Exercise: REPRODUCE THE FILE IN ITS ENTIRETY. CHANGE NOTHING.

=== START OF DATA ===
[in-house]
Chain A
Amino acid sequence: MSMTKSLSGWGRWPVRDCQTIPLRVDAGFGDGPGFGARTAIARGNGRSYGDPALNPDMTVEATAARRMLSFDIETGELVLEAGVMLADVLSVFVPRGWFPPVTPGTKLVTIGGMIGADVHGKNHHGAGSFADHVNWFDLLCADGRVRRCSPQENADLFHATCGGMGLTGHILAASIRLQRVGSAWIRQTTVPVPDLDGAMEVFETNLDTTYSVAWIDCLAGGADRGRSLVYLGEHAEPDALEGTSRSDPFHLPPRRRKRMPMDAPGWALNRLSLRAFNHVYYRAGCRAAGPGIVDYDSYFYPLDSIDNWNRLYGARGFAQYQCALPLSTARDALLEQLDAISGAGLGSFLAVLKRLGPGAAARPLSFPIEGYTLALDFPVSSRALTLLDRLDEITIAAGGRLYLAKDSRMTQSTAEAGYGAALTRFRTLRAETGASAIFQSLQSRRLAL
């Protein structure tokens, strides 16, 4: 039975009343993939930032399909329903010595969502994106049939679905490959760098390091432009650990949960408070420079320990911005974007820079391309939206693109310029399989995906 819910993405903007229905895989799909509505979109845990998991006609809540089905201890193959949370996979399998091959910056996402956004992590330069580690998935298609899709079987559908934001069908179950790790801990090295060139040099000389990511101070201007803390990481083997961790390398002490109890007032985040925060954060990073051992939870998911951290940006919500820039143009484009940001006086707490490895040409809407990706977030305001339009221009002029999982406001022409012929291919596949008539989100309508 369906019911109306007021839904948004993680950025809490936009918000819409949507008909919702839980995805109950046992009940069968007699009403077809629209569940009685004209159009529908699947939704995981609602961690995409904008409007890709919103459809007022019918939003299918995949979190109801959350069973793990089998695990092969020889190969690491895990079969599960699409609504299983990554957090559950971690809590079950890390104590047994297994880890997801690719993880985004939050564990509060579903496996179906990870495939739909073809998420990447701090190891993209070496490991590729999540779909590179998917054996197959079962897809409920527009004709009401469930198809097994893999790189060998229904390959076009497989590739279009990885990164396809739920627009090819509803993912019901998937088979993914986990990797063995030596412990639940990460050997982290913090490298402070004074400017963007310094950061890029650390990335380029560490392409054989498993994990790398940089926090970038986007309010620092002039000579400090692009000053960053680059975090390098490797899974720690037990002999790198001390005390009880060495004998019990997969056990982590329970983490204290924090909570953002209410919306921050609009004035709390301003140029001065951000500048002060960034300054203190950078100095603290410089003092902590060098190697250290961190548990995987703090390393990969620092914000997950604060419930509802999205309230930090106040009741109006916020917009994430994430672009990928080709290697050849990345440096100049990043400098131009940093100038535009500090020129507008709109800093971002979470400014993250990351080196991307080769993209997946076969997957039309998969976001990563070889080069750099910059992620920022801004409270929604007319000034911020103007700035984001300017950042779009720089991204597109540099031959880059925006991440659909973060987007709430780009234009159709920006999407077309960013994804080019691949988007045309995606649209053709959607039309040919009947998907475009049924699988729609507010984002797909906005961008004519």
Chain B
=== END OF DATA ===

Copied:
[in-house]
Chain A
Amino acid sequence: MSMTKSLSGWGRWPVRDCQTIPLRVDAGFGDGPGFGARTAIARGNGRSYGDPALNPDMTVEATAARRMLSFDIETGELVLEAGVMLADVLSVFVPRGWFPPVTPGTKLVTIGGMIGADVHGKNHHGAGSFADHVNWFDLLCADGRVRRCSPQENADLFHATCGGMGLTGHILAASIRLQRVGSAWIRQTTVPVPDLDGAMEVFETNLDTTYSVAWIDCLAGGADRGRSLVYLGEHAEPDALEGTSRSDPFHLPPRRRKRMPMDAPGWALNRLSLRAFNHVYYRAGCRAAGPGIVDYDSYFYPLDSIDNWNRLYGARGFAQYQCALPLSTARDALLEQLDAISGAGLGSFLAVLKRLGPGAAARPLSFPIEGYTLALDFPVSSRALTLLDRLDEITIAAGGRLYLAKDSRMTQSTAEAGYGAALTRFRTLRAETGASAIFQSLQSRRLAL
């Protein structure tokens, strides 16, 4: 039975009343993939930032399909329903010595969502994106049939679905490959760098390091432009650990949960408070420079320990911005974007820079391309939206693109310029399989995906 819910993405903007229905895989799909509505979109845990998991006609809540089905201890193959949370996979399998091959910056996402956004992590330069580690998935298609899709079987559908934001069908179950790790801990090295060139040099000389990511101070201007803390990481083997961790390398002490109890007032985040925060954060990073051992939870998911951290940006919500820039143009484009940001006086707490490895040409809407990706977030305001339009221009002029999982406001022409012929291919596949008539989100309508 369906019911109306007021839904948004993680950025809490936009918000819409949507008909919702839980995805109950046992009940069968007699009403077809629209569940009685004209159009529908699947939704995981609602961690995409904008409007890709919103459809007022019918939003299918995949979190109801959350069973793990089998695990092969020889190969690491895990079969599960699409609504299983990554957090559950971690809590079950890390104590047994297994880890997801690719993880985004939050564990509060579903496996179906990870495939739909073809998420990447701090190891993209070496490991590729999540779909590179998917054996197959079962897809409920527009004709009401469930198809097994893999790189060998229904390959076009497989590739279009990885990164396809739920627009090819509803993912019901998937088979993914986990990797063995030596412990639940990460050997982290913090490298402070004074400017963007310094950061890029650390990335380029560490392409054989498993994990790398940089926090970038986007309010620092002039000579400090692009000053960053680059975090390098490797899974720690037990002999790198001390005390009880060495004998019990997969056990982590329970983490204290924090909570953002209410919306921050609009004035709390301003140029001065951000500048002060960034300054203190950078100095603290410089003092902590060098190697250290961190548990995987703090390393990969620092914000997950604060419930509802999205309230930090106040009741109006916020917009994430994430672009990928080709290697050849990345440096100049990043400098131009940093100038535009500090020129507008709109800093971002979470400014993250990351080196991307080769993209997946076969997957039309998969976001990563070889080069750099910059992620920022801004409270929604007319000034911020103007700035984001300017950042779009720089991204597109540099031959880059925006991440659909973060987007709430780009234009159709920006999407077309960013994804080019691949988007045309995606649209053709959607039309040919009947998907475009049924699988729609507010984002797909906005961008004519």
Chain B